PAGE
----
Browse Prior Art Database

Channel Tap Unit

IP.com Disclosure Number: IPCOM000107342D
Original Publication Date: 1992-Feb-01
Included in the Prior Art Database: 2005-Mar-21
Document File: 2 page(s) / 74K

Publishing Venue

IBM

Related People

Carey, JJ: AUTHOR [+3]

Abstract

This article describes a device that is used in-line with the standard IBM System 370* channel cable to permit a convenient method for control unit access to the channel. The channel tap unit provides the electrical connection to the channel signals as well as translation to a more manageable secondary transmission system without losing electrical integrity. The secondary system interface uses two 78-pin miniature "d"-shell-type connectors rather than the four large serpentine connectors that are commonly used on the channel.

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This is the abbreviated version, containing approximately 59% of the total text.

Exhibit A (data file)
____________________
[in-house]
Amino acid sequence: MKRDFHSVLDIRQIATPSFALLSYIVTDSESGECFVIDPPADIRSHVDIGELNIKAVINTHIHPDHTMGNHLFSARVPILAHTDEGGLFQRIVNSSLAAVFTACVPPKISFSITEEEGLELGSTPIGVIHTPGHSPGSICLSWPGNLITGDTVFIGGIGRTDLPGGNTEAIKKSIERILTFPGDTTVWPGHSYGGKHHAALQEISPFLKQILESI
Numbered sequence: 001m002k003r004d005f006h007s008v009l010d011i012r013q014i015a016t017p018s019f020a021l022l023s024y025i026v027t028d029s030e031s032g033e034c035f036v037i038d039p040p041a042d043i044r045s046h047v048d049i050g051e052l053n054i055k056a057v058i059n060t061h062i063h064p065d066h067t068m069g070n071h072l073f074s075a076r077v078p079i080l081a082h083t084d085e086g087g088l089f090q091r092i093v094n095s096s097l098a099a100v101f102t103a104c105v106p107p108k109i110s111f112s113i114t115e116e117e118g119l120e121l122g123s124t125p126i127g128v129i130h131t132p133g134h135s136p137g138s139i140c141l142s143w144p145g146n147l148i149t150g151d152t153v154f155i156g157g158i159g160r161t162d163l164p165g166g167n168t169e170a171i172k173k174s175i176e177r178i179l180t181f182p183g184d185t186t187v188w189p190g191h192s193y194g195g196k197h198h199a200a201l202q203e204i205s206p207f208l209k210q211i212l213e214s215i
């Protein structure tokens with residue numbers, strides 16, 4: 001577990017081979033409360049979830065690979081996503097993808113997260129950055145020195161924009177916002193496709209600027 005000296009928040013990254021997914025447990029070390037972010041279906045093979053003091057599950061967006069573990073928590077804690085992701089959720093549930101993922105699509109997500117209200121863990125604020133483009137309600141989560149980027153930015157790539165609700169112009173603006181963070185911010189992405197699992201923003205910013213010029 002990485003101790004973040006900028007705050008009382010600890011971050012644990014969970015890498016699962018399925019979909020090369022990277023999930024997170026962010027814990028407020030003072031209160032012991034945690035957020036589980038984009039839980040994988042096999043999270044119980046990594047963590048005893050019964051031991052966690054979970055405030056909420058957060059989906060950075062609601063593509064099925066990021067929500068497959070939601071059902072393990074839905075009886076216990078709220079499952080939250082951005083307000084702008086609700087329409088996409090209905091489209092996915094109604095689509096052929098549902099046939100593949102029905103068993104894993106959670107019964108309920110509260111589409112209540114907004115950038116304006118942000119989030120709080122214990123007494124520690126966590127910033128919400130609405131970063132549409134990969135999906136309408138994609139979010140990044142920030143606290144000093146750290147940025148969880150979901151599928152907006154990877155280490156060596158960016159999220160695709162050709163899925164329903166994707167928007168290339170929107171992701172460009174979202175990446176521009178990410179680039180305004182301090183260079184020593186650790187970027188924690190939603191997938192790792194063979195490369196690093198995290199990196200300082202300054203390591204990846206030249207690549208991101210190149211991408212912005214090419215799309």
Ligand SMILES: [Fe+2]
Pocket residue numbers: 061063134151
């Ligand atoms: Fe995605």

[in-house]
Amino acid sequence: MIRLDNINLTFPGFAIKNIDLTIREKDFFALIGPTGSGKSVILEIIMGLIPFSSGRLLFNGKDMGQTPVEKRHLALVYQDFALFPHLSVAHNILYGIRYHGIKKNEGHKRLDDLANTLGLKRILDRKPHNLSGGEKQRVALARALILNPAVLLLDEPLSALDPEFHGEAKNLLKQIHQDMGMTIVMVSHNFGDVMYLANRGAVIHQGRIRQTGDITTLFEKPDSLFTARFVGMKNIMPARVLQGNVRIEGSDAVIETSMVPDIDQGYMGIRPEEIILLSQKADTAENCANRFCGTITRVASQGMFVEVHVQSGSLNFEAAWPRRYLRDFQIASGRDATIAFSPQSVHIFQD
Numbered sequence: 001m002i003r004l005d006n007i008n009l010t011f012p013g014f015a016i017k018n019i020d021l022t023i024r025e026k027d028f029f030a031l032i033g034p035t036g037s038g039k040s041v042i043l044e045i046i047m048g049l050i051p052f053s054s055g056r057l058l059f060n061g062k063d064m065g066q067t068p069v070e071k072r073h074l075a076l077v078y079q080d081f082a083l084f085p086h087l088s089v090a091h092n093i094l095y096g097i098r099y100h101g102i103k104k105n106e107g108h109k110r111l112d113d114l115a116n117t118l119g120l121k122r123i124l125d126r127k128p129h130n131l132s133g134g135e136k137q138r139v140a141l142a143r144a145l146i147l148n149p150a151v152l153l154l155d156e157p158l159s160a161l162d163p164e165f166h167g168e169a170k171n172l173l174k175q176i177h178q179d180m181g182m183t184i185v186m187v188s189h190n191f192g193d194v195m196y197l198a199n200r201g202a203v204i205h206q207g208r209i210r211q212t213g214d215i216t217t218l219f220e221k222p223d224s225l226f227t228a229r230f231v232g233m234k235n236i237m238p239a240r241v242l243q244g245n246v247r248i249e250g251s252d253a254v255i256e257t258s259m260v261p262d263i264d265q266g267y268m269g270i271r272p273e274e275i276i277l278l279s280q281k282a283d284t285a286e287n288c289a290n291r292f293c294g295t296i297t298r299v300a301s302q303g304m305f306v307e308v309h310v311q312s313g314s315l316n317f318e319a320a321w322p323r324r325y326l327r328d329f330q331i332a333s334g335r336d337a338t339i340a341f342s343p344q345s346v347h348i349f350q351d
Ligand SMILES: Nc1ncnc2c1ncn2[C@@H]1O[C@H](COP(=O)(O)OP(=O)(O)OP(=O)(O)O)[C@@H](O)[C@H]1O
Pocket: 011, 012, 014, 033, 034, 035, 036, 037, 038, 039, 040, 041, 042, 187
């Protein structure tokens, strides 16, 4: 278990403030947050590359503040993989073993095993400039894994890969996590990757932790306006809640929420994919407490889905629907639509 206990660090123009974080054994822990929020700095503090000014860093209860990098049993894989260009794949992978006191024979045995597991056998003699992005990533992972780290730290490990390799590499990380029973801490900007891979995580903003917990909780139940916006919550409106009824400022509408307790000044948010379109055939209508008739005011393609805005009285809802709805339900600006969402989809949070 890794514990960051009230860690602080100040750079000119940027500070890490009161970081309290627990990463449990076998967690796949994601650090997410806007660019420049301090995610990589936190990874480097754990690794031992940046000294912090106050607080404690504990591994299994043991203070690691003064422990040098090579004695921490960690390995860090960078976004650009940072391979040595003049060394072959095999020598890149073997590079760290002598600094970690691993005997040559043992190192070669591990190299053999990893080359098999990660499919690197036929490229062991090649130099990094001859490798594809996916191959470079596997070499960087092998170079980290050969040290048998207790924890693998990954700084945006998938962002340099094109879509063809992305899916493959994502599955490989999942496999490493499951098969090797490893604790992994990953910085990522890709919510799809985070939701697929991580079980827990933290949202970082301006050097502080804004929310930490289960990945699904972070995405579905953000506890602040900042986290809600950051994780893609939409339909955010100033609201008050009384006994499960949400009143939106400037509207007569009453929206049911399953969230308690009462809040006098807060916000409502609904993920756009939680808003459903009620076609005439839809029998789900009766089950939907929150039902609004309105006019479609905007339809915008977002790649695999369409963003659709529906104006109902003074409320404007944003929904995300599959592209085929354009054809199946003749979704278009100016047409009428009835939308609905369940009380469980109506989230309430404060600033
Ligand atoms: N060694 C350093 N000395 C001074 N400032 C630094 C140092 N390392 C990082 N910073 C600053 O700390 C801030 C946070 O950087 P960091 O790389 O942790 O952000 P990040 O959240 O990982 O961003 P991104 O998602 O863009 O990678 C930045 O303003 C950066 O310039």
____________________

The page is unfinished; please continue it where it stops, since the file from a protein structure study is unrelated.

Channel Tap Unit

       This article describes a device that is used in-line with
the standard IBM System 370* channel cable to permit a convenient
method for control unit access to the channel. The channel tap unit
provides the electrical connection to the channel signals as well as
translation to a more manageable secondary transmission system
without losing electrical integrity.  The secondary system interface
uses two 78-pin miniature "d"-shell-type connectors rather than the
four large serpentine connectors that are commonly used on the
channel.

      The channel tap unit consists of a printed circuit board, four
sepentine connectors, two 78-pin "d" connectors and a case.  The 2S,
glass-epoxy, circuit board with a ground plane provides the physical
mounting surface for the components as well as being the conduction
path for the signals.  The printed circuit board wiring is an
excellent match for the 95 ohm impedance required by the channel
signal wiring.  The two serpentine connectors coming from the
channel, designated bus-in and tag-in are wired to one 78-pin
connector which becomes channel-in.  The other two serpentines that
are normally designated bus-out and tab-out are similarly wired to
the other 78-pin connector to become channel out.  The wiring on the
board for channel- in is a mirror image of the wiring for
channel-out; therefore, the channel tap unit appears to the channel
cable system to be nothing more than a short jumper section of cable
...